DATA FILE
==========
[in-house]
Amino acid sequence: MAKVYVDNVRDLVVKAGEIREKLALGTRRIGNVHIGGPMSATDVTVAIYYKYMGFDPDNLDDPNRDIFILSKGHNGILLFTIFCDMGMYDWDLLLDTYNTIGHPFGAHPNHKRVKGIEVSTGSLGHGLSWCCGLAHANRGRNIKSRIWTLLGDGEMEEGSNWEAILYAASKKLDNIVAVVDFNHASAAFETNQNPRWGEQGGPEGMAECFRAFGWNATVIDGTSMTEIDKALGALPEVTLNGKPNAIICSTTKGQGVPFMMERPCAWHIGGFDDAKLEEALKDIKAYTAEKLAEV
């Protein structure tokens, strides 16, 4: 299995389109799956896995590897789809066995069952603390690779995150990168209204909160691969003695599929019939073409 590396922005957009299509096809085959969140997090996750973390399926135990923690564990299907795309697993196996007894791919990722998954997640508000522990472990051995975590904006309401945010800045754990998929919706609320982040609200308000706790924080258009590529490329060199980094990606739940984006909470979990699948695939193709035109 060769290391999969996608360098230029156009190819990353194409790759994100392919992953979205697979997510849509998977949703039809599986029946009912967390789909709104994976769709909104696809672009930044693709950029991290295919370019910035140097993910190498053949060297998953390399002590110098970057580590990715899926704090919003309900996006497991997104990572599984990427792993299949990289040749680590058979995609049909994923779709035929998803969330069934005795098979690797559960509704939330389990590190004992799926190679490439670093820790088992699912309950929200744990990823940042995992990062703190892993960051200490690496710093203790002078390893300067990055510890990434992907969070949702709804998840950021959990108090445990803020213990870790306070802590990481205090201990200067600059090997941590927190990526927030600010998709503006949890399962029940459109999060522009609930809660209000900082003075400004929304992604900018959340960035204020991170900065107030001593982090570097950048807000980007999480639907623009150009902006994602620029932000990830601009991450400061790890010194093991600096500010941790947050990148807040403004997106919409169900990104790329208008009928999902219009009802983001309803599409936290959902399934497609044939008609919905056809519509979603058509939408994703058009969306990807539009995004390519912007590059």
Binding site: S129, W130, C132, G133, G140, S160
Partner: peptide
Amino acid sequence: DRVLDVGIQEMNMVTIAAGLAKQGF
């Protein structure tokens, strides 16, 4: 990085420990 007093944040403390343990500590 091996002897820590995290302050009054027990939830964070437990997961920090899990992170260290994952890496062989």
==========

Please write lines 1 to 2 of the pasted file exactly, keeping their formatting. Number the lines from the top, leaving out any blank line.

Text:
[in-house]
Amino acid sequence: MAKVYVDNVRDLVVKAGEIREKLALGTRRIGNVHIGGPMSATDVTVAIYYKYMGFDPDNLDDPNRDIFILSKGHNGILLFTIFCDMGMYDWDLLLDTYNTIGHPFGAHPNHKRVKGIEVSTGSLGHGLSWCCGLAHANRGRNIKSRIWTLLGDGEMEEGSNWEAILYAASKKLDNIVAVVDFNHASAAFETNQNPRWGEQGGPEGMAECFRAFGWNATVIDGTSMTEIDKALGALPEVTLNGKPNAIICSTTKGQGVPFMMERPCAWHIGGFDDAKLEEALKDIKAYTAEKLAEV